SELSE 2022 technical program

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Thursday May 19, 2022
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Welcome session

Welcome message from the chairsStefano Di Carlo, Paolo Rech, Peter Hochschild, Marcello Traiola


Session 1: "Silent data corruption detection and prevention at-scale"

Moderator: Peter Hochschild, Google
  • SiliFuzz: Fuzzing CPUs by proxy
    Kostya Serebryany, Maxim Lifantsev, Konstantin Shtoyk, Doug Kwan and Peter Hochschild
  • Detection and Prevention of Silent Data Corruption in an Exabyte-scale Database System
    David Bacon
  • Detecting silent data corruptions in the wild
    Harish Dattatraya Dixit, Laura Boyle, Gautham Vunnam, Sneha Pendharkar, Matt Beadon and Sriram Sankar


Keynote 1

Moderator: Paolo Rech, University of Trento
Title Building Quantum System Software for Unreliable Quantum ComputersDevesh Tiwari, Northeastern University, USA

Abstract: The field of quantum computing has enjoyed extraordinary advances in the last two decades, including the physical implementation and experimental demonstration of medium-scale quantum computers. While these advances continue to be celebrated widely, computational scientists continue to struggle to make meaningful use of existing quantum computers - aka Noisy Intermediate-Scale Quantum (NISQ) machines. This is because NISQ devices are highly error-prone and produce output that can be far from the correct output of the quantum algorithms. If you ever wrote a quantum program and found that your quantum program produced output was not what you had excepted, you are the perfect audience for this talk. In this talk, I will primarily discuss the role of quantum system software in making erroneous quantum devices more usable and meaningful. If you have not written a quantum program yet and you love detecting & correcting errors, I’ll show you that there is a whole exciting universe of quantum computers waiting for you!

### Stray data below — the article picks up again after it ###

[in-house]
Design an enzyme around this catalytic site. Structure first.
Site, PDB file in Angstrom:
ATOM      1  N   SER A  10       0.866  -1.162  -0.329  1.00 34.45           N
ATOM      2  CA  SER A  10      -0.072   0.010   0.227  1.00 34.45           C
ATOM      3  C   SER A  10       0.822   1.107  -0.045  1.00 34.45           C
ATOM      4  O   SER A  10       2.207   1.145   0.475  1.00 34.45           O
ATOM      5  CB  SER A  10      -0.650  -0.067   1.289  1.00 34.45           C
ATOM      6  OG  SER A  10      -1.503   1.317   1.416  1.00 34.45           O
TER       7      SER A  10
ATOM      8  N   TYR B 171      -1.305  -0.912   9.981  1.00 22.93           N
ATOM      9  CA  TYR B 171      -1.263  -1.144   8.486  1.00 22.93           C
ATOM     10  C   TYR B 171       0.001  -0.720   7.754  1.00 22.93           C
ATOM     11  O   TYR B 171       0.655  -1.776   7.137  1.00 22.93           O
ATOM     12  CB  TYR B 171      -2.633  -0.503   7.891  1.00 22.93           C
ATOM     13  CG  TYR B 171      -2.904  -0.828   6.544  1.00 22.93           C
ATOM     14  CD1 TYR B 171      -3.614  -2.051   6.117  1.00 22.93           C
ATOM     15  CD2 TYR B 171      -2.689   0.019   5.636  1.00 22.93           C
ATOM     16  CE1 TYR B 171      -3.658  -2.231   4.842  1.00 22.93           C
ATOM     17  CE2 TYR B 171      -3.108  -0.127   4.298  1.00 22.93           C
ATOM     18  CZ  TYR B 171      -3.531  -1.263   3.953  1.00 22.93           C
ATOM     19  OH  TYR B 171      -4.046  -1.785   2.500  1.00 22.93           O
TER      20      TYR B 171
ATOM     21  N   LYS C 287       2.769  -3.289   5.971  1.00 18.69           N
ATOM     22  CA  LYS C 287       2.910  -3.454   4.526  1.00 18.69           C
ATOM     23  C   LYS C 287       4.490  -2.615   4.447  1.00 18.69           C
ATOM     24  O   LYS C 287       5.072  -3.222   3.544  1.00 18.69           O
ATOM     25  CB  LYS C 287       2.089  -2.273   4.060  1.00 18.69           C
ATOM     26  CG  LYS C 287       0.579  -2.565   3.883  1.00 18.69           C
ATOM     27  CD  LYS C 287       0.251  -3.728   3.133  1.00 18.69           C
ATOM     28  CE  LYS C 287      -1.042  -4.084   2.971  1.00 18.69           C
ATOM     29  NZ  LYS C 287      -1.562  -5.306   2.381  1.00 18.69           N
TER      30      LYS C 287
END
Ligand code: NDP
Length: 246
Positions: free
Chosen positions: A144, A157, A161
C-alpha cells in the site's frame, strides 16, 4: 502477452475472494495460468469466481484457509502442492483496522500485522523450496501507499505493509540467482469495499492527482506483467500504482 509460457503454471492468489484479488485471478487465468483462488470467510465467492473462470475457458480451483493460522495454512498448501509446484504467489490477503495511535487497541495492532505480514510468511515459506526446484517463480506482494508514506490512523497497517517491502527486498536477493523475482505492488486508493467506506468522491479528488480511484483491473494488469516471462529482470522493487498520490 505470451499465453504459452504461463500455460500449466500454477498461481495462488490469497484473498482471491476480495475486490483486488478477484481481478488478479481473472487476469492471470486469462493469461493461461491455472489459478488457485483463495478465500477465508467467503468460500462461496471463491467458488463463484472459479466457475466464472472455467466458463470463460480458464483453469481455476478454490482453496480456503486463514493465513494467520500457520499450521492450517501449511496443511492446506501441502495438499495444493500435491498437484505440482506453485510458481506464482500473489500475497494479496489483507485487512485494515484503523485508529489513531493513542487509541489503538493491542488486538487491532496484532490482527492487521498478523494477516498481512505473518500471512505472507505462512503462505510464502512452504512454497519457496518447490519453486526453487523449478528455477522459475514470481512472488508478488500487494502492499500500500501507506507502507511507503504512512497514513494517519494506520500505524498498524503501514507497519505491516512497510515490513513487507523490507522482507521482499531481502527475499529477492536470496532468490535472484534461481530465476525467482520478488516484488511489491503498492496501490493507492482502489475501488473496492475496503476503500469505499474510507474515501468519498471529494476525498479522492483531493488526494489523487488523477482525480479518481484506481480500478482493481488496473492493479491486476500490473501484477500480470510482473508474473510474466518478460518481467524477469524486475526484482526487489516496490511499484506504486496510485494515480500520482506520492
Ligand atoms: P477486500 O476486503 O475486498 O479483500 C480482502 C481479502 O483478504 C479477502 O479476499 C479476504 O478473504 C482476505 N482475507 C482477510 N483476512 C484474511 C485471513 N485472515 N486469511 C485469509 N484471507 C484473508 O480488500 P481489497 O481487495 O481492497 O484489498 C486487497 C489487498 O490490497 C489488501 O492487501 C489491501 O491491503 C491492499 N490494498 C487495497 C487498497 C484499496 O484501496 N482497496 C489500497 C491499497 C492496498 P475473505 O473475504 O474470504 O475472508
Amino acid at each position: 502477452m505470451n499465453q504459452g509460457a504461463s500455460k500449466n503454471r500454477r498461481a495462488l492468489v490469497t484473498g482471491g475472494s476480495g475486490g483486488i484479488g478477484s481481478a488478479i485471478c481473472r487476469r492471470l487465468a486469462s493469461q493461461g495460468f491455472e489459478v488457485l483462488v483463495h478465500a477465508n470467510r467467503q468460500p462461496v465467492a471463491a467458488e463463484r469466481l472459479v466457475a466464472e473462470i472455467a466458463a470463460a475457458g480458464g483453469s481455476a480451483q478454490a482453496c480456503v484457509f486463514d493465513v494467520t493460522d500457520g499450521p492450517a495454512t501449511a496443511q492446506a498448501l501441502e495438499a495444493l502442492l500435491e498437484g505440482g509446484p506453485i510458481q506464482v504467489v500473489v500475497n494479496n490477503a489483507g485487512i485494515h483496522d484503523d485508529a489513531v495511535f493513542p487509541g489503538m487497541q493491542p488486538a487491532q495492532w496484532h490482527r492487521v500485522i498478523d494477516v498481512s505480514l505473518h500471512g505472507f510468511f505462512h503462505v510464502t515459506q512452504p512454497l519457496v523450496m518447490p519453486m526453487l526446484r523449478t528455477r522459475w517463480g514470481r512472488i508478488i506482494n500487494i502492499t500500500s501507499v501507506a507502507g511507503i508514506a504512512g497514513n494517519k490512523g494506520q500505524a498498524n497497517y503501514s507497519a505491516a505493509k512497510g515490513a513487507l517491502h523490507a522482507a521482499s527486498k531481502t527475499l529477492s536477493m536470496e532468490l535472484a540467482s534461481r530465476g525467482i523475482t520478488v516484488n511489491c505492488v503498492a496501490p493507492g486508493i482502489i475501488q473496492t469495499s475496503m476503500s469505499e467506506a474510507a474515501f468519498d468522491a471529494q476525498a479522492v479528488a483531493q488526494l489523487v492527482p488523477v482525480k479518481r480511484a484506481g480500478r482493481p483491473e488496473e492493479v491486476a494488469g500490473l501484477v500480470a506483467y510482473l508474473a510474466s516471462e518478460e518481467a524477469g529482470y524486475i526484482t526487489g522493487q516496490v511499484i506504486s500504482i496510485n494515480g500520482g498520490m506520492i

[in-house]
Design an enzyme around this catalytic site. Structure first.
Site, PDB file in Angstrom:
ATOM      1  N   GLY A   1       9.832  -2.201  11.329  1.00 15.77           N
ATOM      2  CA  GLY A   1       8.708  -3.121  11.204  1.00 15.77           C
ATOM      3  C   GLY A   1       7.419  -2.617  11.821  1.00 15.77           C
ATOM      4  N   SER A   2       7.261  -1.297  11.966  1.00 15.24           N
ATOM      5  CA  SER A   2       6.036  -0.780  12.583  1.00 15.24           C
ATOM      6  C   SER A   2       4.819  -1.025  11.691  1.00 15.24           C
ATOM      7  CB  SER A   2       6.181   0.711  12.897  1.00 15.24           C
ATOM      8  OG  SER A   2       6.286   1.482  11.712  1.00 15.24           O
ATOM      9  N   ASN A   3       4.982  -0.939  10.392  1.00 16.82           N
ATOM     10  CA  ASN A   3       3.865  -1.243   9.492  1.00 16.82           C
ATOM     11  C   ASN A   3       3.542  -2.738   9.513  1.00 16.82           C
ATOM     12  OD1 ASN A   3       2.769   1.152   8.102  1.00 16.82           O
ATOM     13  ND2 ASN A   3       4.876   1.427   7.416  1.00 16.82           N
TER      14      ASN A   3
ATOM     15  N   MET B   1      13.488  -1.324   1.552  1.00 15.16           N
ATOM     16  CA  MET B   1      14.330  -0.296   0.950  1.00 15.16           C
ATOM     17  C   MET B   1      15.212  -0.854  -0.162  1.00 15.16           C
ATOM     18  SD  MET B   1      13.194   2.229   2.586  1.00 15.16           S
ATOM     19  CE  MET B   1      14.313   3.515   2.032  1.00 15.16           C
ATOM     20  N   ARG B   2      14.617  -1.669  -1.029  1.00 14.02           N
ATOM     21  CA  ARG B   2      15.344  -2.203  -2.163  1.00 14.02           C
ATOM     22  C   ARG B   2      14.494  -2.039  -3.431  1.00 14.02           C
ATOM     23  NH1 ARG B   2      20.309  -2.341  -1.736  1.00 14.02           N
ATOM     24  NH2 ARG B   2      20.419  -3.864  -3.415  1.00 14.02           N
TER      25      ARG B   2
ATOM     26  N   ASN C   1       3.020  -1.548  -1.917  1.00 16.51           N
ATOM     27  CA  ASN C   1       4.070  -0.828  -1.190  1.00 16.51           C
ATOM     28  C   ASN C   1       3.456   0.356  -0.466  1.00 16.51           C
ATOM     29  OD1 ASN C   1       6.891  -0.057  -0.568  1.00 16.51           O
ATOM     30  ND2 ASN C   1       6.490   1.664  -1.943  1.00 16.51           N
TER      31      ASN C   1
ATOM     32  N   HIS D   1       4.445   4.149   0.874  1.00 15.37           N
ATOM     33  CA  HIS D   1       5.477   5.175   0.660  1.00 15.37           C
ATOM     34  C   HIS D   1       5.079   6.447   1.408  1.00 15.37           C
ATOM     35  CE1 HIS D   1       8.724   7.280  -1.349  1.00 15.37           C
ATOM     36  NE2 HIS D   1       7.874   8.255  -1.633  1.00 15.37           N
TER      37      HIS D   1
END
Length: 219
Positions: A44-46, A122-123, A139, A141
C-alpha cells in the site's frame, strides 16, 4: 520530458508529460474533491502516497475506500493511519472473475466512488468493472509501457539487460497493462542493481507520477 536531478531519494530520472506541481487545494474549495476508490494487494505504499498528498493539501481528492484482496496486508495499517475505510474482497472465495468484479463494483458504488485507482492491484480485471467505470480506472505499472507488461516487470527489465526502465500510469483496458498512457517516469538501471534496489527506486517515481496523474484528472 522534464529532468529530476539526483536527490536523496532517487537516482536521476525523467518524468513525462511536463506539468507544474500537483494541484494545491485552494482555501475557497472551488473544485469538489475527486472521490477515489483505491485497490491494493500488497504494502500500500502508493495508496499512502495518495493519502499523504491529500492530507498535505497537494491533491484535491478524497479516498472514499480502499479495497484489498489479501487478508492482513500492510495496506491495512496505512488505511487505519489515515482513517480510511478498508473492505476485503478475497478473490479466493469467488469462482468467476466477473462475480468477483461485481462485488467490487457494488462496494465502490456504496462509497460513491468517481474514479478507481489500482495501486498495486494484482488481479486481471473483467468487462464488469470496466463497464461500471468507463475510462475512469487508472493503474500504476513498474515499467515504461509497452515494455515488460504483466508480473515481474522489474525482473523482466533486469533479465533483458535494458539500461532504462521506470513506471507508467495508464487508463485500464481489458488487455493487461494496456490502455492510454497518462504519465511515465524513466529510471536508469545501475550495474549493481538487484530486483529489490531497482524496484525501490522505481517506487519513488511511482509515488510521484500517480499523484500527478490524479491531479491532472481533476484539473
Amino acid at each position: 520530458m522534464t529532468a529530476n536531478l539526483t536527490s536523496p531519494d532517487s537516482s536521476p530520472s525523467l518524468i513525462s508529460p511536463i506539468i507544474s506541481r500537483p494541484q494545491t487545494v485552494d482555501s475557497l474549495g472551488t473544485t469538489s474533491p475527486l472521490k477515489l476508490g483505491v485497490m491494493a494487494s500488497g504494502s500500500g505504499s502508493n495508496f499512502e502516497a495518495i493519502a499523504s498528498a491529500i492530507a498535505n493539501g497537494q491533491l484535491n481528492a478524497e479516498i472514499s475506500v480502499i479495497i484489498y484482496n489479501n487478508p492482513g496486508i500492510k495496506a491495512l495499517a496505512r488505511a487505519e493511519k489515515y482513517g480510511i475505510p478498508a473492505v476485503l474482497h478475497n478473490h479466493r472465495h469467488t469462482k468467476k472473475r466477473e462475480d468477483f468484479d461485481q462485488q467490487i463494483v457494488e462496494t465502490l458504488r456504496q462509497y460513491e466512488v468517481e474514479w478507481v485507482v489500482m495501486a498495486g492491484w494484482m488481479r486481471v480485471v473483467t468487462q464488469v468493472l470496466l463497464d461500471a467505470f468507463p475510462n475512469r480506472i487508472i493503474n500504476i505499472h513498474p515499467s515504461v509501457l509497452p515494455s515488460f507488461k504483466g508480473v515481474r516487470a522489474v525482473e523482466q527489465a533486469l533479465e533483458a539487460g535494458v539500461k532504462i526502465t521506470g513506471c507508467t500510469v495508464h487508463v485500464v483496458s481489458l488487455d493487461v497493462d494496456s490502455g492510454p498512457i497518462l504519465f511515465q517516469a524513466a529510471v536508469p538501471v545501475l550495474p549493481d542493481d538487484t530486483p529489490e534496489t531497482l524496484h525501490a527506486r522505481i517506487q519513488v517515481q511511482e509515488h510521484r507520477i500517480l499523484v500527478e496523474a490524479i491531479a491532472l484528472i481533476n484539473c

Author's bio: Professor Devesh Tiwari is a researcher and educator at Northeastern University where he directs the Goodwill Computing Lab. His group innovates new solutions to make large-scale classical computing systems and quantum computing systems more efficient, reliable, and cost-effective. Before joining the Northeastern faculty, Devesh was a staff scientist at the United States Department of Energy (DOE) Oak Ridge National Laboratory.For his teaching and mentoring contributions, he was awarded the Professor of the Year by the Northeastern University chapter of the IEEE Eta Kappa Nu honor society. His research group, led by his excellent PhD students, has lowered the barrier to entry and accelerated the R&D efforts in multiple emerging computer systems areas including quantum system software, serverless computing, and AI-driven data center optimizations, via open-sourcing novel software artifacts and datasets. He has introduced several novel peer-review elements in the computer systems community in his role as the program co-chair/track co-chair for ICDCS, IISWC, IPDPS, and ICCD. Most recently, he was the Technical Program Committee Co-Chair for HPDC’22 and is slated to be the overall Technical Program Committee Co-Chair for IPDPS’23. He is an Associate Editor for Transactions of Parallel & Distributed Computing (TPDS), Transactions of Storage (ToS), and Journal of Parallel & Distributed Computing (JPDC). He was recognized with the TPDS Editorial Excellence Award for his exceptional contributions to the TPDS journal as an editor. Devesh's webpage